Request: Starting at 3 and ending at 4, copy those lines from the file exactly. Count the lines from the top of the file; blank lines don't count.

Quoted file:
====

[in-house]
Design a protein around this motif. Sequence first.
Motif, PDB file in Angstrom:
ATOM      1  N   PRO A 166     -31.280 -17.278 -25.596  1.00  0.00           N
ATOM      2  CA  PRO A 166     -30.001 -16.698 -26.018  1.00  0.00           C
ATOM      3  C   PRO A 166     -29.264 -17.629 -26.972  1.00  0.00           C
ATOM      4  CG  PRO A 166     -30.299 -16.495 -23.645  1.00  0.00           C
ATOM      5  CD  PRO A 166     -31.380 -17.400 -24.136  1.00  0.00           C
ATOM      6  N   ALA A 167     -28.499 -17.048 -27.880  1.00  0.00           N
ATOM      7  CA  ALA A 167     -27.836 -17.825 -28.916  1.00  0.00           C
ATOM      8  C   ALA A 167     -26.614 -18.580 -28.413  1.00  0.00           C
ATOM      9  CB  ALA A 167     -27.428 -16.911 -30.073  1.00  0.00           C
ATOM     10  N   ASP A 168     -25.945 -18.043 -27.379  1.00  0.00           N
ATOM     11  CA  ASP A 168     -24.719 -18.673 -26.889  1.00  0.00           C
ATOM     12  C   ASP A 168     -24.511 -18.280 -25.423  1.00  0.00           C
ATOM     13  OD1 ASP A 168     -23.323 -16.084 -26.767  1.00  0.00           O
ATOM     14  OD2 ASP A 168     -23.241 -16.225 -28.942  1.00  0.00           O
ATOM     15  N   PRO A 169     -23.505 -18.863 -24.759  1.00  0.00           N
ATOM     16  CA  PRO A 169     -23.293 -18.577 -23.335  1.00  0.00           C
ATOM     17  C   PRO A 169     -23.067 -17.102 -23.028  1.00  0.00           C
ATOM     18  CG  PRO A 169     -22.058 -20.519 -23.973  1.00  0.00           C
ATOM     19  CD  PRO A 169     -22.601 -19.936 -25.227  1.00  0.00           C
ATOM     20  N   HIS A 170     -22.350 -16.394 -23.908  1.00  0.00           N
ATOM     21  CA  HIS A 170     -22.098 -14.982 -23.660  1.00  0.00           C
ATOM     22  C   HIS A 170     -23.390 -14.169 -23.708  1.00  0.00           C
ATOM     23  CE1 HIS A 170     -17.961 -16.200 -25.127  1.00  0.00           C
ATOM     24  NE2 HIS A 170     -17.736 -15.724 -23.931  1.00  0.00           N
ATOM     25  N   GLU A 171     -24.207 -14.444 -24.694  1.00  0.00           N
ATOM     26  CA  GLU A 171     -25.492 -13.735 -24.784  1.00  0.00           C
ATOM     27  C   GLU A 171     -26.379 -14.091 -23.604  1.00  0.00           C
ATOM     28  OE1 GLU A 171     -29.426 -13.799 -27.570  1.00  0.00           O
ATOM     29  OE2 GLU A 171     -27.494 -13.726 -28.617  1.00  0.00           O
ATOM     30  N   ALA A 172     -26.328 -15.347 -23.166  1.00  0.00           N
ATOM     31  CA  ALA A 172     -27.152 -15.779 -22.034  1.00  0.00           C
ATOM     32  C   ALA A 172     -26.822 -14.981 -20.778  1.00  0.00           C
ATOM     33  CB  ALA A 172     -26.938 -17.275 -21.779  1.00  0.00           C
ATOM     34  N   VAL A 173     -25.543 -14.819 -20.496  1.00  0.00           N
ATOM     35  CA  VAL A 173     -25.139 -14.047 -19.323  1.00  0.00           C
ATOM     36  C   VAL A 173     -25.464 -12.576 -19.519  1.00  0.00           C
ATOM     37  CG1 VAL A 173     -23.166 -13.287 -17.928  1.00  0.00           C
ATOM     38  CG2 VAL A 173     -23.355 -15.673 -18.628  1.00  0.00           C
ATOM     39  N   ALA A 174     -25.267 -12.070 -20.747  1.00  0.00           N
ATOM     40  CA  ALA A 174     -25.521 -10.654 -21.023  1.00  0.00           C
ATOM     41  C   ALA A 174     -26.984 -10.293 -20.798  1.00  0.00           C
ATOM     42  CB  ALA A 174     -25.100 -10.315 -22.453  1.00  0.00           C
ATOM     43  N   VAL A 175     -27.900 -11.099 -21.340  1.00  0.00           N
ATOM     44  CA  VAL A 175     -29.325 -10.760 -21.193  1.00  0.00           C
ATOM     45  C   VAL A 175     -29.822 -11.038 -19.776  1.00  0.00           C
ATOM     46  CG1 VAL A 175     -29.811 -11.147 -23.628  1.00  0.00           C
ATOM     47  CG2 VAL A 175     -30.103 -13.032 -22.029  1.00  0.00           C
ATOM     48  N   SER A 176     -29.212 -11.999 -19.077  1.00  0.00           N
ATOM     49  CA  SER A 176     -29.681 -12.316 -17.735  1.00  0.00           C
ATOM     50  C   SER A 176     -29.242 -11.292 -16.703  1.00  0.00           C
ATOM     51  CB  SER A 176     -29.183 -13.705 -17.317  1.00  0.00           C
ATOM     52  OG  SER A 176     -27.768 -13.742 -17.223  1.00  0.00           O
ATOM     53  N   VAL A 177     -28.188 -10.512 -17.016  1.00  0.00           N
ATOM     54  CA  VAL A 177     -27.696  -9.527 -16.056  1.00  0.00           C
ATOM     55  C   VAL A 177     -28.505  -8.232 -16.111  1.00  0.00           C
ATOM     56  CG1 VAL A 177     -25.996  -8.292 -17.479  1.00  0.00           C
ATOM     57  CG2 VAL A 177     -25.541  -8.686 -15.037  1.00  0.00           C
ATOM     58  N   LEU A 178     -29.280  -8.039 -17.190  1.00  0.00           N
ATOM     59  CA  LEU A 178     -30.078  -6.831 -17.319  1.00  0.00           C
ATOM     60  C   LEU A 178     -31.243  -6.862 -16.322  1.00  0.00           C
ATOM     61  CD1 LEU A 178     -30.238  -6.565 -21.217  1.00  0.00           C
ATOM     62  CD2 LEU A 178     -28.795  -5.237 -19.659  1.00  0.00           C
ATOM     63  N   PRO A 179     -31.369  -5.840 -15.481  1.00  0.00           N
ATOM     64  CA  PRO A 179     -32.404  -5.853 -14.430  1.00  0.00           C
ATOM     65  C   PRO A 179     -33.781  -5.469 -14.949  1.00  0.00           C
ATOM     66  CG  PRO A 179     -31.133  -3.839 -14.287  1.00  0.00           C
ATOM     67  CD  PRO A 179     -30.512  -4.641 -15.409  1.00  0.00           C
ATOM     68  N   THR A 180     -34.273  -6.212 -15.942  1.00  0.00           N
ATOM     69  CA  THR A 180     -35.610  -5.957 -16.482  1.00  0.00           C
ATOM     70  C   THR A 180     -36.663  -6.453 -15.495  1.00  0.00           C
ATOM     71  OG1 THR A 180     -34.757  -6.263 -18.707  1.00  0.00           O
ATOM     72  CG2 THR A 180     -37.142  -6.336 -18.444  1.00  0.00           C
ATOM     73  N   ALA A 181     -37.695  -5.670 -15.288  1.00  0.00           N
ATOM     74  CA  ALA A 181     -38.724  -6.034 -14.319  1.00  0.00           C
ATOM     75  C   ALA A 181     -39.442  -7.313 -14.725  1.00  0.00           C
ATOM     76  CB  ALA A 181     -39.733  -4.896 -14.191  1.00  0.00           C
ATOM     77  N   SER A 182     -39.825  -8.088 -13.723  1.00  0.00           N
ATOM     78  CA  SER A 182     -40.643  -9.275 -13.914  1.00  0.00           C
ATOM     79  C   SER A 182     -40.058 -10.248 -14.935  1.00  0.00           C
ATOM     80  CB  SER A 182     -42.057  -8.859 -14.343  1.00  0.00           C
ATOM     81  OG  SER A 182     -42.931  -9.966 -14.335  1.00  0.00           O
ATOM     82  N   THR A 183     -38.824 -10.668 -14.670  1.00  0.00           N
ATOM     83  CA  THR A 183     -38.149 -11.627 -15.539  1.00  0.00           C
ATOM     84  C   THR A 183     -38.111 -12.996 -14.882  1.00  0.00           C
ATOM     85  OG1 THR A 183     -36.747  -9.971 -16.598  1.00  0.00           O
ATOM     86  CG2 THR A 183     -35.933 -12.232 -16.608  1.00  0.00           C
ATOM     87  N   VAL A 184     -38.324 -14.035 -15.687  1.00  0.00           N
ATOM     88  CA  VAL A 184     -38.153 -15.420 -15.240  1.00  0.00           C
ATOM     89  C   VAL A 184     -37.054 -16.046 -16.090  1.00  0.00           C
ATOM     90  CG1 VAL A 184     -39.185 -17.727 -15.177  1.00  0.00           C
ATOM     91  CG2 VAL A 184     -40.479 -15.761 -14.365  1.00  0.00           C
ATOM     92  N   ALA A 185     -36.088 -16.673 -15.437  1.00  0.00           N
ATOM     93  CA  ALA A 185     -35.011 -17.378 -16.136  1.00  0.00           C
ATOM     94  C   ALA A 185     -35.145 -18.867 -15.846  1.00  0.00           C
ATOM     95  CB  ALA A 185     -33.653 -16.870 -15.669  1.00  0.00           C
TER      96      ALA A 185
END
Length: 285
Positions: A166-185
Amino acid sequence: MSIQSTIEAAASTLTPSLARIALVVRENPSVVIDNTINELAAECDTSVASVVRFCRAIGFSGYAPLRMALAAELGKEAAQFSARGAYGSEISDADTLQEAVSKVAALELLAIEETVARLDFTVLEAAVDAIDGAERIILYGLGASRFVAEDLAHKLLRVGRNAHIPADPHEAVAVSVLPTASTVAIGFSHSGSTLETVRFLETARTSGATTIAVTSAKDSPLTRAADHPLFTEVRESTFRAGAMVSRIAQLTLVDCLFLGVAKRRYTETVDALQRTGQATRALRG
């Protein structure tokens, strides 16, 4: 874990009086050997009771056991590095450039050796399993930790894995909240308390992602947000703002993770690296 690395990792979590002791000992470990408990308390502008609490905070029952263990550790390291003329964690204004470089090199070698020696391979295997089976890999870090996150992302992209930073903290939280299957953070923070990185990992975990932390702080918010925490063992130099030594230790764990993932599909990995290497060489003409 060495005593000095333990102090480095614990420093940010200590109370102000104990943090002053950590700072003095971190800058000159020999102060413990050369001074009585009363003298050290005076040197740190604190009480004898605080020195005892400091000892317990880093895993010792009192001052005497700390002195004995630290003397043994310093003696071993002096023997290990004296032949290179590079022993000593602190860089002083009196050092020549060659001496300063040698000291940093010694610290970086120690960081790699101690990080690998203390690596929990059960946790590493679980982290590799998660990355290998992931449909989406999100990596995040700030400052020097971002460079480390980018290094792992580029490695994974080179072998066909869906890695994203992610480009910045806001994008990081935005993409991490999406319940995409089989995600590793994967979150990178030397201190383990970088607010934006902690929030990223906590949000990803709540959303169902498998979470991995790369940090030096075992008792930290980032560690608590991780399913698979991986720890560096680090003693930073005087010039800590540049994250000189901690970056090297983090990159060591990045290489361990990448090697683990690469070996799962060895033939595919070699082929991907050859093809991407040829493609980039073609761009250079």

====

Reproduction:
Motif, PDB file in Angstrom:
ATOM      1  N   PRO A 166     -31.280 -17.278 -25.596  1.00  0.00           N